Orioles take wild week in stride, showing what makes them successful

The week the Orioles just spent laboring through New York and Boston included challenges no one could have predicted. And taken collectively, it was enough to wear out even the toughest team.

But good luck searching for a galvanizing moment the team will use as fuel for the remaining five months of the season. If the Orioles continue on their path toward another contending season, it will be because of how they regard a week full of remarkable tests as unremarkable.


"I don't want to lessen, trust me, what happened in Boston, and the challenges there," manager Buck Showalter said. "I don't, because it was tough. But we got through it, we got out of there. We were more frustrated we didn't win three or four games, because they were there for us. Just like New York, we had a really good chance to win two of three there and we didn't. Our guys are thinking more about the baseball part of it as much as anything else."

Everyone outside the clubhouse is thinking about how it seems the Orioles packed a month's worth of baseball into a week. It began in earnest when they took a loss in a game they led, 9-1, on Friday. They scrapped out a win despite losing a late lead in a marathon game Sunday at Yankee Stadium, and then traveled to Boston for a series that brought a different challenge every day.

They won Monday, but center fielder Adam Jones had peanuts thrown at him and heard racial slurs shouted his way from the Fenway Park crowd.

Tuesday was a day of fallout from that, and in the game — which the Boston Red Sox won — left-hander Chris Sale tried to hit third baseman Manny Machado in the first inning.

Machado's fury at the situation led him to profanely call out the Red Sox after the game. And on Wednesday, Major League Baseball intervened and told the two teams that the hostilities had to stop. But that manifested itself in an unintentional way when home plate umpire Sam Holbrook reacted quickly, ejecting Kevin Gausman when he lost a breaking ball that hit Xander Bogaerts in the second inning Wednesday.

The Orioles lost, and the frustration boiled over because the superfluous had spilled into what they really want to do — win baseball games.

"They deal in reality," Showalter said. "They know what's real and what's not. But there's a lot of frustration sometimes during the season because the game and the circumstances aren't always fair, you know?

"That's where the frustration comes in, when things happen that aren't fair. I think that's where you really feel challenged to stay disciplined in a lot of different areas, where those around you aren't. That's in a lot of walks of life, not just baseball."

However, those are the challenges the Orioles are built for, first baseman Chris Davis said. The veteran slugger said everything in Boston was generally "handled poorly and blown way out of proportion," but the Orioles' way through it was to try to win that night's baseball game, and nothing else.

"I think that's one of the characteristics of this team that I'm probably the most proud of — our ability to kind of brush everything off and put it aside and focus on what we need to do," Davis said. "I think that's been the reason we've been so successful over the last few years."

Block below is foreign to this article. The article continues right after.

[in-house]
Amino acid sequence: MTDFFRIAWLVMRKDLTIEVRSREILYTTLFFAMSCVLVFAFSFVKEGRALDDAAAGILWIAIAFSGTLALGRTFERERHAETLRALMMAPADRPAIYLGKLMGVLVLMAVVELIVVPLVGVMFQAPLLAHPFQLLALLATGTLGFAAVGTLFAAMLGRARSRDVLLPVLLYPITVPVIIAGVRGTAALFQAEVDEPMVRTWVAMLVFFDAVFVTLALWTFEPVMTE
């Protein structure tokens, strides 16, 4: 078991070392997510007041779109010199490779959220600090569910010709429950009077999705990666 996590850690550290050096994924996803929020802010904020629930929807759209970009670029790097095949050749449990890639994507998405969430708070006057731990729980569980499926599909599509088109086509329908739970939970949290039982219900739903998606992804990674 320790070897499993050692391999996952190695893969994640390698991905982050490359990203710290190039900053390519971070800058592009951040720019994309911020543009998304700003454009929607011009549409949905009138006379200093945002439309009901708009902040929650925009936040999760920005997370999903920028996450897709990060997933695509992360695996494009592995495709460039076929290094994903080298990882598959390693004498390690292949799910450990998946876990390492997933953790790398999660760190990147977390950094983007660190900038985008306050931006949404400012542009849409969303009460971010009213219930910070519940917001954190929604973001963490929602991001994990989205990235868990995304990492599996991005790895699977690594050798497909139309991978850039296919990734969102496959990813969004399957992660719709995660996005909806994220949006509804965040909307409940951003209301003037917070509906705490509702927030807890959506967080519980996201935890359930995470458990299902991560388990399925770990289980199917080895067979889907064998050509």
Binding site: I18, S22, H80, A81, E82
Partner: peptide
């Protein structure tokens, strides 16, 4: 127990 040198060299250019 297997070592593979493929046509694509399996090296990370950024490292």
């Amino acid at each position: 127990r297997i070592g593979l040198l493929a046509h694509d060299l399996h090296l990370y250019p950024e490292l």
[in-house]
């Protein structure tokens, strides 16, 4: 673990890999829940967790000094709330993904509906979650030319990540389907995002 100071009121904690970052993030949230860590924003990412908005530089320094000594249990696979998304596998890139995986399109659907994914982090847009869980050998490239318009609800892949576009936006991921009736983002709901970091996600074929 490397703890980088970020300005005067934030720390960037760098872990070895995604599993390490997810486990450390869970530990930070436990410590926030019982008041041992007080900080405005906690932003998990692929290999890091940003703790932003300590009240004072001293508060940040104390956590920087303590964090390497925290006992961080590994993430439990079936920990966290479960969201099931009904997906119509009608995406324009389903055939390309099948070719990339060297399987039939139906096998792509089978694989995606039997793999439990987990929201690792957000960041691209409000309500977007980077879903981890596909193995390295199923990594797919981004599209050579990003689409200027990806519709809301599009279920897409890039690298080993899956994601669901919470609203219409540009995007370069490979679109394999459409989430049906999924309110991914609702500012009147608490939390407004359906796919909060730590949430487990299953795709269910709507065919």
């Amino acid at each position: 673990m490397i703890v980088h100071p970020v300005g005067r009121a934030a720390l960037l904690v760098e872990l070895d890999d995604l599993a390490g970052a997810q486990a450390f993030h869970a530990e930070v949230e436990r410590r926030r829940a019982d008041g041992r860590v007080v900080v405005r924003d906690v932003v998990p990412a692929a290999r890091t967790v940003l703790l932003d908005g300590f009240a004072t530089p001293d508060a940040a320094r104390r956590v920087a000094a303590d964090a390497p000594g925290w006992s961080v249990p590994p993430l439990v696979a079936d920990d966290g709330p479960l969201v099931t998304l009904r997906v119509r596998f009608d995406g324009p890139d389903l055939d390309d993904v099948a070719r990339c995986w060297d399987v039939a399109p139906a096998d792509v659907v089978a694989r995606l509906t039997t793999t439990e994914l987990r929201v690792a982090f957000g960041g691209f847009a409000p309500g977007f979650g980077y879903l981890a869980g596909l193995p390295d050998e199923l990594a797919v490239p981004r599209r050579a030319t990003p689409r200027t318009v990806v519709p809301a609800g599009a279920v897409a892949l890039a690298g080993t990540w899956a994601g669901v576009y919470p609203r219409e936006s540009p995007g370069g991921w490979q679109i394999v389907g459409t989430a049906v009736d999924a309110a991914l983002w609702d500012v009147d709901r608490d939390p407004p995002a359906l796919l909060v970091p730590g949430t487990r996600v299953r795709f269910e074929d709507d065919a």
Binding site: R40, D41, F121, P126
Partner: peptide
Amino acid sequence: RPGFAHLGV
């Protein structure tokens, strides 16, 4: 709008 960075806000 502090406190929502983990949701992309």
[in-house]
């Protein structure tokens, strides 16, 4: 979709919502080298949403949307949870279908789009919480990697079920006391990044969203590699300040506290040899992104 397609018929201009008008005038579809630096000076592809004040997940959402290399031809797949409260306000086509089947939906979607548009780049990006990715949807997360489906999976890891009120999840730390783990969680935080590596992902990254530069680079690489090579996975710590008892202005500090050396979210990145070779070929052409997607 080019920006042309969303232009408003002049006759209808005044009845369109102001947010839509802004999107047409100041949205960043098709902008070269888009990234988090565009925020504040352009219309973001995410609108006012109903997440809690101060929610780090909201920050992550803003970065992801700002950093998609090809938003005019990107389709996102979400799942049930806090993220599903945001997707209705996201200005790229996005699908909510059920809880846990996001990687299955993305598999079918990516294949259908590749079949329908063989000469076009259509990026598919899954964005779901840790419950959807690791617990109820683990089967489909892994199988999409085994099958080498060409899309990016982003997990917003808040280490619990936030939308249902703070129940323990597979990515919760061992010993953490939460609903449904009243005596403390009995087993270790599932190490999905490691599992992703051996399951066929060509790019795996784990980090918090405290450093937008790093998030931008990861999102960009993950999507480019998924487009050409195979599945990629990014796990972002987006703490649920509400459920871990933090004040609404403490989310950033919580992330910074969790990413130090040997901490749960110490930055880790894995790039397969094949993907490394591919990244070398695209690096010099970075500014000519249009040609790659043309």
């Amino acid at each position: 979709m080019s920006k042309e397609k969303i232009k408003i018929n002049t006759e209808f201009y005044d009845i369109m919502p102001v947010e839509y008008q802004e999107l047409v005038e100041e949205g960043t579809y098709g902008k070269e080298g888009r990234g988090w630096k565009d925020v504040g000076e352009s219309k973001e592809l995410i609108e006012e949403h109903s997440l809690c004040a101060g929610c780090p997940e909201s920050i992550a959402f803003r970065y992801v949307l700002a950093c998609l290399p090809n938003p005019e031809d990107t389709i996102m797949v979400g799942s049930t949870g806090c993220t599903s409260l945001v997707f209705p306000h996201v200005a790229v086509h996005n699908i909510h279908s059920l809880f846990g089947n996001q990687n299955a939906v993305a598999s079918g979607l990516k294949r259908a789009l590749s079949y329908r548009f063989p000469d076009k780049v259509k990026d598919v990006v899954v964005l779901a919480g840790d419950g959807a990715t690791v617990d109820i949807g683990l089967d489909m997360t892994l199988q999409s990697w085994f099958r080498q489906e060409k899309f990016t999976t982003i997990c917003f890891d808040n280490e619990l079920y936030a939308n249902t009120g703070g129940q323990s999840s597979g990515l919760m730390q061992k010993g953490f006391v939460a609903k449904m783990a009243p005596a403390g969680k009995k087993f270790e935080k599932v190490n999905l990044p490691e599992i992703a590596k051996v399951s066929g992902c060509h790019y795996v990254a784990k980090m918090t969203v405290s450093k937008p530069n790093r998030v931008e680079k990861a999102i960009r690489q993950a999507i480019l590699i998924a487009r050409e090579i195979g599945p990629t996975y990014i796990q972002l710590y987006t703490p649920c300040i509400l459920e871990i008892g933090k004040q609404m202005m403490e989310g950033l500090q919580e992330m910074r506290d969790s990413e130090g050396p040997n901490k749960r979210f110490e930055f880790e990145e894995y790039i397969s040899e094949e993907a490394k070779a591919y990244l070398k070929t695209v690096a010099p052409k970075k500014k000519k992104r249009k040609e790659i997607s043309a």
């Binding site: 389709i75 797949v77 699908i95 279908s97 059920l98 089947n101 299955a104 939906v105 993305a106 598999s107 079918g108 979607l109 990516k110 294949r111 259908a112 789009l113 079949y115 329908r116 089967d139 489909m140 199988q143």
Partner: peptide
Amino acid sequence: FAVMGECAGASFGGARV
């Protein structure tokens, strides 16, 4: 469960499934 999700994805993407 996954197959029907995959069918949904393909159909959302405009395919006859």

They did that with spot starter Tyler Wilson on Thursday, and the bizarre week ended when Friday's starter, Wade Miley, left in the first inning after being hit with two line drives and Gabriel Ynoa needed to step in. The postgame disclosure that closer Zach Britton's forearm is still sore seemed a cruel addition to the whirlwind week.

Hard times have typically coincided with some of the Orioles' best seasons, if that run of success they referred to is any indication. In 2014 alone, they played most of the season without catcher Matt Wieters (elbow) and all of the postseason without Machado (knee) and Davis (suspension). Every year, the lack of national expectations for them during spring training become running themes inside the clubhouse. The Orioles tend to internalize slights and win games in response.

But never has so much happened, on and off the field, to galvanize them. Their two most recognizable stars being racially abused one day and targeted with a 98 mph fastball the next is a lot for any team to handle, but the Orioles did.

"I don't know if you can get any closer," Showalter said of his club. "Our guys, that type of environment is — I don't want to say nurturing, but if you're wearing our colors, they find something to like about you. But we don't have a corner on that."


And then two days after Gausman recorded just three outs before his ejection, Miley was hit with line drives twice in a three-pitch span and forced out of Friday's game after just 12 pitches.

It might be beyond most teams to absorb that, but the Orioles have been who they are four the past six years, and have it down to a science. On the management side, Showalter and executive vice president Dan Duquette strive for a flexible roster that can every night answer a hypothetical question: "Guy gets hit by a line drive first pitch, where are we going?"

The players, for their part, know what they need to do — pitch well, and if your minor league options are used against you, go down and wait your turn to come back. And for those staples who have populated the Orioles clubhouse for years, that deep understanding of everyone's responsibilities makes it easy to navigate a week that could sink a club under other circumstances.

"I don't think there are a lot of defining moments in that series," Davis said. "I mean, I think it's something that we're glad to have behind us. This is a group of guys that's been together for a number of years that knows what each other is capable of. We know what we expect from each other."